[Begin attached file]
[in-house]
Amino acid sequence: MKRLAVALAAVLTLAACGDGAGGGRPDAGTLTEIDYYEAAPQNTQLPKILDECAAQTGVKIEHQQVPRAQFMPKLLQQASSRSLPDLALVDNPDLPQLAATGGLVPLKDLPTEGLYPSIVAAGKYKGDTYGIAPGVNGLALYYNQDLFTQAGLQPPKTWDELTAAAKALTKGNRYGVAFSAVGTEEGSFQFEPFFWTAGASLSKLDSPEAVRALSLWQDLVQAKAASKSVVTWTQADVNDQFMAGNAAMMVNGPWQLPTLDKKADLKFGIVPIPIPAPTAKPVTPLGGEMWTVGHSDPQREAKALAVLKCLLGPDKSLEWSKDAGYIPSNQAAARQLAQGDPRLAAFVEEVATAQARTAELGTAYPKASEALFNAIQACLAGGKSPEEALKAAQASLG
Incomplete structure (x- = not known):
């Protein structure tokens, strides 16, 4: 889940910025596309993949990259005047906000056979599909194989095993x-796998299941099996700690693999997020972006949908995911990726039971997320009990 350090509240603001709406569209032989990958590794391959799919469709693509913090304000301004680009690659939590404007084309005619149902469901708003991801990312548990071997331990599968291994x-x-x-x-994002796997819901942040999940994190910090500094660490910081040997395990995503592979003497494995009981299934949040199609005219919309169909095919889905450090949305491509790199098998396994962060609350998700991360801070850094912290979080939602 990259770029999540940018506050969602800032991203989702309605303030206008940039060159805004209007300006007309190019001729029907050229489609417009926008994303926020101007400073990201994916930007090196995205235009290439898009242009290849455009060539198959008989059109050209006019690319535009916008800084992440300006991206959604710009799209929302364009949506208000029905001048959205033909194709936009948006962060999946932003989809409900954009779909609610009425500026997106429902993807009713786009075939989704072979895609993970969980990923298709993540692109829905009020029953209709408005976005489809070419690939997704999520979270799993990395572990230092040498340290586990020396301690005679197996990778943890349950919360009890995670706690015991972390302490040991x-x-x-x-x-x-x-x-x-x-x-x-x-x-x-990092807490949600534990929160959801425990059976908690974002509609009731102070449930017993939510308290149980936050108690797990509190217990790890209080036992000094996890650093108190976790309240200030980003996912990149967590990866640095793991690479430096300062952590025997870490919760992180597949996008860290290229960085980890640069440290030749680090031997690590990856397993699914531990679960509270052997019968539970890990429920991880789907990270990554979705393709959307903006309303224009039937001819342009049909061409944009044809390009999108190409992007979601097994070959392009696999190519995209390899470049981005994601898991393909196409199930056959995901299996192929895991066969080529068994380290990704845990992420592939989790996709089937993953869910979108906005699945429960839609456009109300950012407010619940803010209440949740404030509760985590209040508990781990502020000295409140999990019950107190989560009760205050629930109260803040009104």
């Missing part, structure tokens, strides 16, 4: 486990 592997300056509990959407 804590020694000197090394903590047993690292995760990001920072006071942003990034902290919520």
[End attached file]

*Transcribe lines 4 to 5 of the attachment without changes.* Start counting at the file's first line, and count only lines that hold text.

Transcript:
């Protein structure tokens, strides 16, 4: 889940910025596309993949990259005047906000056979599909194989095993x-796998299941099996700690693999997020972006949908995911990726039971997320009990 350090509240603001709406569209032989990958590794391959799919469709693509913090304000301004680009690659939590404007084309005619149902469901708003991801990312548990071997331990599968291994x-x-x-x-994002796997819901942040999940994190910090500094660490910081040997395990995503592979003497494995009981299934949040199609005219919309169909095919889905450090949305491509790199098998396994962060609350998700991360801070850094912290979080939602 990259770029999540940018506050969602800032991203989702309605303030206008940039060159805004209007300006007309190019001729029907050229489609417009926008994303926020101007400073990201994916930007090196995205235009290439898009242009290849455009060539198959008989059109050209006019690319535009916008800084992440300006991206959604710009799209929302364009949506208000029905001048959205033909194709936009948006962060999946932003989809409900954009779909609610009425500026997106429902993807009713786009075939989704072979895609993970969980990923298709993540692109829905009020029953209709408005976005489809070419690939997704999520979270799993990395572990230092040498340290586990020396301690005679197996990778943890349950919360009890995670706690015991972390302490040991x-x-x-x-x-x-x-x-x-x-x-x-x-x-x-990092807490949600534990929160959801425990059976908690974002509609009731102070449930017993939510308290149980936050108690797990509190217990790890209080036992000094996890650093108190976790309240200030980003996912990149967590990866640095793991690479430096300062952590025997870490919760992180597949996008860290290229960085980890640069440290030749680090031997690590990856397993699914531990679960509270052997019968539970890990429920991880789907990270990554979705393709959307903006309303224009039937001819342009049909061409944009044809390009999108190409992007979601097994070959392009696999190519995209390899470049981005994601898991393909196409199930056959995901299996192929895991066969080529068994380290990704845990992420592939989790996709089937993953869910979108906005699945429960839609456009109300950012407010619940803010209440949740404030509760985590209040508990781990502020000295409140999990019950107190989560009760205050629930109260803040009104």
């Missing part, structure tokens, strides 16, 4: 486990 592997300056509990959407 804590020694000197090394903590047993690292995760990001920072006071942003990034902290919520």